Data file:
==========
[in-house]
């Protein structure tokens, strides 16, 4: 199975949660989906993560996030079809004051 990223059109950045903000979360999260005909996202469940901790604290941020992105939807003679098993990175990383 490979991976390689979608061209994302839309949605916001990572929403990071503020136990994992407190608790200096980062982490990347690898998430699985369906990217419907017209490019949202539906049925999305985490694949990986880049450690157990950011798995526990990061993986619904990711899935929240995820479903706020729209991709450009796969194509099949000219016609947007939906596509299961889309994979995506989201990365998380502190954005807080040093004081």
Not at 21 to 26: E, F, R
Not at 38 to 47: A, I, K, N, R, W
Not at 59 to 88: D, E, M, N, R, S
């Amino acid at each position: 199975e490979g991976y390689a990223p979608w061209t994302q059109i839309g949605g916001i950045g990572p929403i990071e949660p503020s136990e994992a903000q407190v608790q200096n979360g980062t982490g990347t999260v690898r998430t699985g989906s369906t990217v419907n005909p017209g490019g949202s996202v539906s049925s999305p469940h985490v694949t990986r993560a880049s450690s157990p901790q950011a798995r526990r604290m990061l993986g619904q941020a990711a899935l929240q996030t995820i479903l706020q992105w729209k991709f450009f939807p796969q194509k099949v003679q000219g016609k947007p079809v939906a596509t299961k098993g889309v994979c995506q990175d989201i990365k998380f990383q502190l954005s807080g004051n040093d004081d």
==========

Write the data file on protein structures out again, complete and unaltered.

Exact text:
[in-house]
């Protein structure tokens, strides 16, 4: 199975949660989906993560996030079809004051 990223059109950045903000979360999260005909996202469940901790604290941020992105939807003679098993990175990383 490979991976390689979608061209994302839309949605916001990572929403990071503020136990994992407190608790200096980062982490990347690898998430699985369906990217419907017209490019949202539906049925999305985490694949990986880049450690157990950011798995526990990061993986619904990711899935929240995820479903706020729209991709450009796969194509099949000219016609947007939906596509299961889309994979995506989201990365998380502190954005807080040093004081």
Not at 21 to 26: E, F, R
Not at 38 to 47: A, I, K, N, R, W
Not at 59 to 88: D, E, M, N, R, S
């Amino acid at each position: 199975e490979g991976y390689a990223p979608w061209t994302q059109i839309g949605g916001i950045g990572p929403i990071e949660p503020s136990e994992a903000q407190v608790q200096n979360g980062t982490g990347t999260v690898r998430t699985g989906s369906t990217v419907n005909p017209g490019g949202s996202v539906s049925s999305p469940h985490v694949t990986r993560a880049s450690s157990p901790q950011a798995r526990r604290m990061l993986g619904q941020a990711a899935l929240q996030t995820i479903l706020q992105w729209k991709f450009f939807p796969q194509k099949v003679q000219g016609k947007p079809v939906a596509t299961k098993g889309v994979c995506q990175d989201i990365k998380f990383q502190l954005s807080g004051n040093d004081d």